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OGHA Girls’ Hockey Report: OGHA continues to grow female coaching content

By Ottawa Sports Pages, for Ottawa Girls’ Hockey Association

The final buzzer has sounded on the 2022-2023 season for the Ottawa Girls’ Hockey Association, but the excitement is buzzing already for the next campaign, particularly with the confirmed return of top female coaches.

Women leading the way behind the bench has increasingly become an OGHA trademark. Roughly 70% of coaches are female organization-wide, with a great number owning university playing experience.

“For a girls’ association, that is very important,” says OGHA marketing and programs director Marc Lugert. “I don’t mean to count the guys out, but there’s a different relationship between the girls and women coaches, and the girls are responding quite well.

“It’s still a predominantly male sport and we’re still battling some traditional views and stereotypes, but we are 100% sure that this is the right direction.”

The OGHA will have past university women’s hockey players at the helm of all their 67’s ‘AA’ teams next season, with Shannon Donnelly (NCAA’s Neumann University) leading the U22 program, Carolyn Campbell (St. Francis-Xavier) at U18, and Tawnya Guindon (Carleton Ravens) for U15.

“We’re so grateful to have the coaching staff we have, these young women who are interested in coaching and helping girls,” Lugert underlines. “It’s had a very positive effect on the association.”

The female leaders act as role models for their players – both as talented athletes and to show their girls that they could have a future in coaching too.

Many OGHA players take coaching and refereeing courses once they reach the U18 age group, and then receive guidance from more experienced coaches who take them under their wing.

The OGHA’s introductory programs – the perennially sold-out NHL/NHLPA First Shift program and the always-growing FUNdamentals program – are led by an all-female coaching cast.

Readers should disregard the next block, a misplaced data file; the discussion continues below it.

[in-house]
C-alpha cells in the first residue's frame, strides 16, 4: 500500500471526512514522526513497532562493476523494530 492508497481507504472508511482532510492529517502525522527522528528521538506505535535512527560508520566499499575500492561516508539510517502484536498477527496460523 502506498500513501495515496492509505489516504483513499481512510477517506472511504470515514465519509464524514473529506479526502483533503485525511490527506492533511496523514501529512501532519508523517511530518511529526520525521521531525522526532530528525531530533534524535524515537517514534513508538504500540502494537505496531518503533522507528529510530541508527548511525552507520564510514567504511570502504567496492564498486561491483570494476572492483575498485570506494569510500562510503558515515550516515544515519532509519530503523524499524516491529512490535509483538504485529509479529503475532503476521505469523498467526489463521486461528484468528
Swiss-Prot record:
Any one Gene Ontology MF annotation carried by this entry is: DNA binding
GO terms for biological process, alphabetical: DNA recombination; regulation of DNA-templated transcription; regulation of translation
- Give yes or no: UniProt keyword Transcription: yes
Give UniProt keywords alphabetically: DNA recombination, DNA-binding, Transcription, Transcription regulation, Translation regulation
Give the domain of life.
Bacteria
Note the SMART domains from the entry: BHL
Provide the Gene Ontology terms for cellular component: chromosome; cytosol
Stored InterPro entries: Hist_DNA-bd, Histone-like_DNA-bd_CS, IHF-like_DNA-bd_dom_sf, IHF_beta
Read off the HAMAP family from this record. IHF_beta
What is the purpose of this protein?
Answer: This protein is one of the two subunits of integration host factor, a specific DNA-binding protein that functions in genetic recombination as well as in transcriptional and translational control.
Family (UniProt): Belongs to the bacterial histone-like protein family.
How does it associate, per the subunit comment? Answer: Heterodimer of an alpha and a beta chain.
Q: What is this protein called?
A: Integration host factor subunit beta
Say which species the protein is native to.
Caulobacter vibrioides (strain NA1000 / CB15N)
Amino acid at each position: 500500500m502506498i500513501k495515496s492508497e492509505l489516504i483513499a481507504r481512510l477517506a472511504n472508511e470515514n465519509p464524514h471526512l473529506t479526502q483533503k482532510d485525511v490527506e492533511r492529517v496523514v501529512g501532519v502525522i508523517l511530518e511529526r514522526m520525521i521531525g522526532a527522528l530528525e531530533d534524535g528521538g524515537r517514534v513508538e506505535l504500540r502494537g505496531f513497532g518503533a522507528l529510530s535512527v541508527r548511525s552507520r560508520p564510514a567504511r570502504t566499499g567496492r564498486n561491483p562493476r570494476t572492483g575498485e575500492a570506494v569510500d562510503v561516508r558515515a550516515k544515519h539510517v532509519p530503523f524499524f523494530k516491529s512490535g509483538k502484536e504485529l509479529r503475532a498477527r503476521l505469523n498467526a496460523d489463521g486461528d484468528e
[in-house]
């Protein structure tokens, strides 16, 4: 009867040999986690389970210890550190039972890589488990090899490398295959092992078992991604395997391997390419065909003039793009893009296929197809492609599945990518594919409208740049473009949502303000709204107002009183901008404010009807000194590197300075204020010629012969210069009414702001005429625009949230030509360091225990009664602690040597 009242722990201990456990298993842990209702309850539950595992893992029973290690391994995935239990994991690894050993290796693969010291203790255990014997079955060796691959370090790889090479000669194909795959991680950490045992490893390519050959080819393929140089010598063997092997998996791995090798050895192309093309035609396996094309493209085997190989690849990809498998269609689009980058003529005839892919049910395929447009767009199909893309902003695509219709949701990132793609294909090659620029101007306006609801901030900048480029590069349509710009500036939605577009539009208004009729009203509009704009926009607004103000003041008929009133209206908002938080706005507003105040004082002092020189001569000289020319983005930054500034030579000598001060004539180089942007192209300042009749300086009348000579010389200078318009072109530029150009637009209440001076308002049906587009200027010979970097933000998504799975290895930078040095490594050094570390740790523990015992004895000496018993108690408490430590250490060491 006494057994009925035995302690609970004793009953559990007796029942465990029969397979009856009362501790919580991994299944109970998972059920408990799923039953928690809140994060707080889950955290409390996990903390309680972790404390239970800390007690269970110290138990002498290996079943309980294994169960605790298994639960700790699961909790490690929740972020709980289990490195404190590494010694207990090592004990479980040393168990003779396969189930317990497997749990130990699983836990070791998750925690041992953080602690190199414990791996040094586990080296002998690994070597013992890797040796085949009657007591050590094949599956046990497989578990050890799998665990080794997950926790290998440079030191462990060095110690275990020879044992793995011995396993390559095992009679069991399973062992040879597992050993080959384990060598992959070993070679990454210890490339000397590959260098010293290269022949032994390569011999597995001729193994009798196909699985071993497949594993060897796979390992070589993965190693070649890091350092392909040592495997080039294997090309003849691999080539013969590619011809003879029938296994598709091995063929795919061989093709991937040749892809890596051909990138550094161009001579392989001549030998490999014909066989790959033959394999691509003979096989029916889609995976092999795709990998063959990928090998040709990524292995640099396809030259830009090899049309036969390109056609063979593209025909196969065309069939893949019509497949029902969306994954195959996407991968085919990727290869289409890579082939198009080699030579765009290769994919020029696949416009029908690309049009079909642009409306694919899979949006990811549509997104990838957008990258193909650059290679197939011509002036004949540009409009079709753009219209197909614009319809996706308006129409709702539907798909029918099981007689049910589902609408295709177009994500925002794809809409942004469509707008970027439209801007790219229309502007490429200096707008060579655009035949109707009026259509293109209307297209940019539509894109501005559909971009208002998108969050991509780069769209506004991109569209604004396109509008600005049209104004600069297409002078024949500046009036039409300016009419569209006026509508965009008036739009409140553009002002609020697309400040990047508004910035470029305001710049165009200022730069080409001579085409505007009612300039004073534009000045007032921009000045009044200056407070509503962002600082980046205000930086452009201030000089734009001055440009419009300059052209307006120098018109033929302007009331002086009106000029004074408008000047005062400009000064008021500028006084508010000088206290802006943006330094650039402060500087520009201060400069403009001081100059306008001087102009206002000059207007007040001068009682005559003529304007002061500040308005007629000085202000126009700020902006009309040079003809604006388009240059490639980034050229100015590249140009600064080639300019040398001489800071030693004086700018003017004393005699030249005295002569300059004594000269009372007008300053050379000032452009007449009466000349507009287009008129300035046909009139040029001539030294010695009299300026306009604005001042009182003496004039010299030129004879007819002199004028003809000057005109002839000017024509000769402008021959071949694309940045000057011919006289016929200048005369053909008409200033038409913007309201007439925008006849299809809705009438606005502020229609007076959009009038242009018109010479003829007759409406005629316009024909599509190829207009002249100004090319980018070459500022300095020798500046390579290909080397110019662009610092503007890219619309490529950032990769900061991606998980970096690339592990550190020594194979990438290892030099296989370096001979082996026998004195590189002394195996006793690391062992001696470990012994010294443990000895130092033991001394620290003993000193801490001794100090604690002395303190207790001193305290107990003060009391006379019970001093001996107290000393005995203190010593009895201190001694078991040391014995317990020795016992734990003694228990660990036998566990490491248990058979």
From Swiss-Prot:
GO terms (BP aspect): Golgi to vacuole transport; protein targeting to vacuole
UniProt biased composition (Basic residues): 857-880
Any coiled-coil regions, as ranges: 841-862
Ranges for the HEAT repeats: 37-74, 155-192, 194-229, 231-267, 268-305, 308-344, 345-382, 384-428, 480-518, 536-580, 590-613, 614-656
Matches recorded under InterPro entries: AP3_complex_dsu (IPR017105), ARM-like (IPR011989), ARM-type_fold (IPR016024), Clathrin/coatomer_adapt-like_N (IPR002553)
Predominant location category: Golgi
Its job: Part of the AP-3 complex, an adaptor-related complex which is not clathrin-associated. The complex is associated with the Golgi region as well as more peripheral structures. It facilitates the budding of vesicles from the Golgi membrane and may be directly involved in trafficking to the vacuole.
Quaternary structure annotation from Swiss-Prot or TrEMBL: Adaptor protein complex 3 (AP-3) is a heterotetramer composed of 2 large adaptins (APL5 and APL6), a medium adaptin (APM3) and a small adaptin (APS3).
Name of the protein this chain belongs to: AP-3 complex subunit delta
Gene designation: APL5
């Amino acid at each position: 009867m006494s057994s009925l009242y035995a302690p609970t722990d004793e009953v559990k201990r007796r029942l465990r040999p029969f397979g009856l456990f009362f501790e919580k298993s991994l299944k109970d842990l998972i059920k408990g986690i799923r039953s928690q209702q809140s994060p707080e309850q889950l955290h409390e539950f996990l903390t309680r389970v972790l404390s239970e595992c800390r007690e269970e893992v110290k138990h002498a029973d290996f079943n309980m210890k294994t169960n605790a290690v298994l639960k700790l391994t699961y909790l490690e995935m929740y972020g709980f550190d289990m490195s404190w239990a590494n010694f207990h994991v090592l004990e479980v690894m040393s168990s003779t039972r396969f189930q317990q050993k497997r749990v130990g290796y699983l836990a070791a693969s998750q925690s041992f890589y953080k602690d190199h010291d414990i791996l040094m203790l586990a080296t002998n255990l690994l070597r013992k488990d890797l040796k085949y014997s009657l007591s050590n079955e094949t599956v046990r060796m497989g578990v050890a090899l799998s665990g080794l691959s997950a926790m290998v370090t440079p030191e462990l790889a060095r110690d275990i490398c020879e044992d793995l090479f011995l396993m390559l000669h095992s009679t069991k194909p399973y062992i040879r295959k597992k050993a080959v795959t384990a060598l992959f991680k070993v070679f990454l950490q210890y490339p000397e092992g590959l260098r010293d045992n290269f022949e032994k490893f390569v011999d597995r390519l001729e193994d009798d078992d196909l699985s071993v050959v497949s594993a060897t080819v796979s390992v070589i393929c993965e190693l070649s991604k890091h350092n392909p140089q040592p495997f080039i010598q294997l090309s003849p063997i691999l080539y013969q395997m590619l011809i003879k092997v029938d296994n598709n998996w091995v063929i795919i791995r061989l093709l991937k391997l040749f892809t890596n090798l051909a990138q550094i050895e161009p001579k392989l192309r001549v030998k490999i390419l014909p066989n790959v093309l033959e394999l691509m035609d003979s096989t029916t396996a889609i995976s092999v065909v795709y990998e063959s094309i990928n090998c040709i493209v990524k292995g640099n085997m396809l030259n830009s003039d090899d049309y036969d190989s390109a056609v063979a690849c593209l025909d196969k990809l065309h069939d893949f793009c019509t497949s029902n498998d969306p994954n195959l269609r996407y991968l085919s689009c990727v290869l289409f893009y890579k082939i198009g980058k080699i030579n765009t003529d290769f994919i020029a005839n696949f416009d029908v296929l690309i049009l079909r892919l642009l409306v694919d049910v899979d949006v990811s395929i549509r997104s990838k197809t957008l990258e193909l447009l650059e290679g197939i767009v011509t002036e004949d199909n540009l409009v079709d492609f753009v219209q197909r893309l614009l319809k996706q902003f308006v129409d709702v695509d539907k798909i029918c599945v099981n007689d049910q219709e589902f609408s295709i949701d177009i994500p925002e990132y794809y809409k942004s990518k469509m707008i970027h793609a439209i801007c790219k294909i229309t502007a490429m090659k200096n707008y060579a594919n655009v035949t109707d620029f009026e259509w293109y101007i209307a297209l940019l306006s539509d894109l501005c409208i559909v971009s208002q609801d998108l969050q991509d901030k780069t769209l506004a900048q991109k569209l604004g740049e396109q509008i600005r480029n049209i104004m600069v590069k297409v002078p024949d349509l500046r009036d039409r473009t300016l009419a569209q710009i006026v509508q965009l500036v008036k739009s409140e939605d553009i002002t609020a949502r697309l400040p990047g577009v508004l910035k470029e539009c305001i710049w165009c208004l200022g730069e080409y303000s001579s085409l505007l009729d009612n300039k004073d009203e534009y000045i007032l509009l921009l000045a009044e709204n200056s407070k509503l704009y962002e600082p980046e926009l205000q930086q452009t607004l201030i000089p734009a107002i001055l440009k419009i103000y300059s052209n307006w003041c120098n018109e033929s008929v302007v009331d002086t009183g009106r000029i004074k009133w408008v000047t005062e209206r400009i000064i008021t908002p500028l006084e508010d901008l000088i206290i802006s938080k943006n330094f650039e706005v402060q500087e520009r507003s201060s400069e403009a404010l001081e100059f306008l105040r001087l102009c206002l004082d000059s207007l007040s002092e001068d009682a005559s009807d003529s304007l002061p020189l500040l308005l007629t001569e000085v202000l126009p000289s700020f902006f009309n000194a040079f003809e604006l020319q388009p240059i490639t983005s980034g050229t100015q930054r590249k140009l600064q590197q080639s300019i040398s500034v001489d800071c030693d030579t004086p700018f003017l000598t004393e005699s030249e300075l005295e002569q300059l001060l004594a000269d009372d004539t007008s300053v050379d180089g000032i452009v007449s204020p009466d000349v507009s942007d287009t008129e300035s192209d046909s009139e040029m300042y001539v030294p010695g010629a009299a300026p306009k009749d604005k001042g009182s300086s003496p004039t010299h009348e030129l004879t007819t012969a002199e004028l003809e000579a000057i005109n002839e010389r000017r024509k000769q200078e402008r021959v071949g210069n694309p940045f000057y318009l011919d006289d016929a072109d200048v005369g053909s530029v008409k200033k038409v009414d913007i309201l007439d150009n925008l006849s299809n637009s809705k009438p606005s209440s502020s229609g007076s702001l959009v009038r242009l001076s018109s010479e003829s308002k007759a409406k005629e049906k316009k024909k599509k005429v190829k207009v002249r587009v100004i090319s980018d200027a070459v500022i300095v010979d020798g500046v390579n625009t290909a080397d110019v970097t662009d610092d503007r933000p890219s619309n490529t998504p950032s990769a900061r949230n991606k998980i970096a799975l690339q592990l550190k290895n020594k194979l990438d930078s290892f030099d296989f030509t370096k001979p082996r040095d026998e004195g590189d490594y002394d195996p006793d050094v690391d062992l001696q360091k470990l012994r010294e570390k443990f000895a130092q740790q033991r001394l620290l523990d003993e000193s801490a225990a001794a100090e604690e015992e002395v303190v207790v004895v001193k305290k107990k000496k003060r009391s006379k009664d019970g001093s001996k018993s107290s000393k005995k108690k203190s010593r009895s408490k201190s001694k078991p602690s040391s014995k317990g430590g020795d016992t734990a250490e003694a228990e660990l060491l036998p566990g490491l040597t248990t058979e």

At no time was enthusiasm and leadership higher than during the OGHA’s Family Day Weekend Freeze Tournament, which returned during Winterlude for first time in three years following COVID cancellations.

Older players helped run the canteen, refereed games and helped out with other aspects of organizing the event, while the youngest FUNdamentals girls took part in a jamboree alongside other programs from the region.

“The FUNdamentals girls just loved it,” recounts Lugert. “They all got a medal at the end. There’s no scores being kept, it’s just for them to play around and have fun.”

There were 38 teams in total taking part in divisions from U9 through U18, including many from outside the region. The tournament was for the development stream level, featuring house league players/teams who want to do a little more, but are not ready to play competitive hockey.

“There aren’t a lot of tournament opportunities for the development stream,” notes Lugert, adding that associations from southern and northern Ontario are already asking when they can sign up for next year. “It was a very successful tournament.”

Springtime tryouts are still ongoing to form next year’s competitive teams, which includes reduced fees for the U9, U11 and U13 levels, along with player credits and additional development with the Jr. 67’s.

The OGHA’s top U15, U18 and U22 teams have decided to drop the old-fashioned word “Lady” from their previous Lady 67’s name and will now be known as 67’s ‘AA’.

“It’s been great to see the sport continue to evolve, and to see more and more girls and women get involved,” Lugert indicates. “We’re excited to see our sport grow and we’re looking forward to welcoming many more players into Ottawa girls’ hockey next season.”

Find out more about the Ottawa Girls’ Hockey Association at

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